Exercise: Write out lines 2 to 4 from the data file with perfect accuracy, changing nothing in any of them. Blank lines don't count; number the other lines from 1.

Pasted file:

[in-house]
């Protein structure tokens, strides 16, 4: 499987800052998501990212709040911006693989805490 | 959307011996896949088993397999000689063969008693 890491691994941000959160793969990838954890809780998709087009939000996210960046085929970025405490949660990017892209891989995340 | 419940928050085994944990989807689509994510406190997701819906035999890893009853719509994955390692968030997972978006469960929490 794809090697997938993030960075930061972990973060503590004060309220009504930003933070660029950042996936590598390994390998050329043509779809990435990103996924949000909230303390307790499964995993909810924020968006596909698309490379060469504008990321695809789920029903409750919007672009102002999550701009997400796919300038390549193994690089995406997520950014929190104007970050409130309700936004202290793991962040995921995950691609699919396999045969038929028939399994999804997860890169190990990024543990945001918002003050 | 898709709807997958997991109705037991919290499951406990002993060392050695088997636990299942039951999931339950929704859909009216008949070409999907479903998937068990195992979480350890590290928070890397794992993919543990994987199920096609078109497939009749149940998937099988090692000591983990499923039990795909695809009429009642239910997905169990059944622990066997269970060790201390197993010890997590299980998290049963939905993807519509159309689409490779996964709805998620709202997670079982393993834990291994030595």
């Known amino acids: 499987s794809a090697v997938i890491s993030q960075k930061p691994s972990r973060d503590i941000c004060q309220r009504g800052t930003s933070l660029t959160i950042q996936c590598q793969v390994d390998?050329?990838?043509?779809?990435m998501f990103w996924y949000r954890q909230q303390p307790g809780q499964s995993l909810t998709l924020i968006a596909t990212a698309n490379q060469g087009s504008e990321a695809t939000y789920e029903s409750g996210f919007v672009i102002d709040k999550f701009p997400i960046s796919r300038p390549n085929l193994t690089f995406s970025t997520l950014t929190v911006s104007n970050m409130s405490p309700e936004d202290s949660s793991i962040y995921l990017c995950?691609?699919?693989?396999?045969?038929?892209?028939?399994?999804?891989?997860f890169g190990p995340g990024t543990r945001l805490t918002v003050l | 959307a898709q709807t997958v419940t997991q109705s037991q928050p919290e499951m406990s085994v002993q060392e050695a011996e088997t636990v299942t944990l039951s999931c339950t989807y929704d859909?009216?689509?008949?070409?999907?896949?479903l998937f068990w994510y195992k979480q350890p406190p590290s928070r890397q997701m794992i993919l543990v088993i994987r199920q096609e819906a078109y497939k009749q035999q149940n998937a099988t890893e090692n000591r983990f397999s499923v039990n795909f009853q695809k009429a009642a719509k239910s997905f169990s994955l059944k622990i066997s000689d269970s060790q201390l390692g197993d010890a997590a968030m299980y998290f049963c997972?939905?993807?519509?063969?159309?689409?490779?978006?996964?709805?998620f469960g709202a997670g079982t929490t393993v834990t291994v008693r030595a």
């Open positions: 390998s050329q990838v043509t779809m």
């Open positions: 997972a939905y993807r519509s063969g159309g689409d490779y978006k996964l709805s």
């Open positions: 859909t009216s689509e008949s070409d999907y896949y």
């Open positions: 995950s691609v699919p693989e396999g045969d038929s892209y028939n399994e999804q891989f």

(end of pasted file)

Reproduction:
């Protein structure tokens, strides 16, 4: 499987800052998501990212709040911006693989805490 | 959307011996896949088993397999000689063969008693 890491691994941000959160793969990838954890809780998709087009939000996210960046085929970025405490949660990017892209891989995340 | 419940928050085994944990989807689509994510406190997701819906035999890893009853719509994955390692968030997972978006469960929490 794809090697997938993030960075930061972990973060503590004060309220009504930003933070660029950042996936590598390994390998050329043509779809990435990103996924949000909230303390307790499964995993909810924020968006596909698309490379060469504008990321695809789920029903409750919007672009102002999550701009997400796919300038390549193994690089995406997520950014929190104007970050409130309700936004202290793991962040995921995950691609699919396999045969038929028939399994999804997860890169190990990024543990945001918002003050 | 898709709807997958997991109705037991919290499951406990002993060392050695088997636990299942039951999931339950929704859909009216008949070409999907479903998937068990195992979480350890590290928070890397794992993919543990994987199920096609078109497939009749149940998937099988090692000591983990499923039990795909695809009429009642239910997905169990059944622990066997269970060790201390197993010890997590299980998290049963939905993807519509159309689409490779996964709805998620709202997670079982393993834990291994030595």
């Known amino acids: 499987s794809a090697v997938i890491s993030q960075k930061p691994s972990r973060d503590i941000c004060q309220r009504g800052t930003s933070l660029t959160i950042q996936c590598q793969v390994d390998?050329?990838?043509?779809?990435m998501f990103w996924y949000r954890q909230q303390p307790g809780q499964s995993l909810t998709l924020i968006a596909t990212a698309n490379q060469g087009s504008e990321a695809t939000y789920e029903s409750g996210f919007v672009i102002d709040k999550f701009p997400i960046s796919r300038p390549n085929l193994t690089f995406s970025t997520l950014t929190v911006s104007n970050m409130s405490p309700e936004d202290s949660s793991i962040y995921l990017c995950?691609?699919?693989?396999?045969?038929?892209?028939?399994?999804?891989?997860f890169g190990p995340g990024t543990r945001l805490t918002v003050l | 959307a898709q709807t997958v419940t997991q109705s037991q928050p919290e499951m406990s085994v002993q060392e050695a011996e088997t636990v299942t944990l039951s999931c339950t989807y929704d859909?009216?689509?008949?070409?999907?896949?479903l998937f068990w994510y195992k979480q350890p406190p590290s928070r890397q997701m794992i993919l543990v088993i994987r199920q096609e819906a078109y497939k009749q035999q149940n998937a099988t890893e090692n000591r983990f397999s499923v039990n795909f009853q695809k009429a009642a719509k239910s997905f169990s994955l059944k622990i066997s000689d269970s060790q201390l390692g197993d010890a997590a968030m299980y998290f049963c997972?939905?993807?519509?063969?159309?689409?490779?978006?996964?709805?998620f469960g709202a997670g079982t929490t393993v834990t291994v008693r030595a």
């Open positions: 390998s050329q990838v043509t779809m």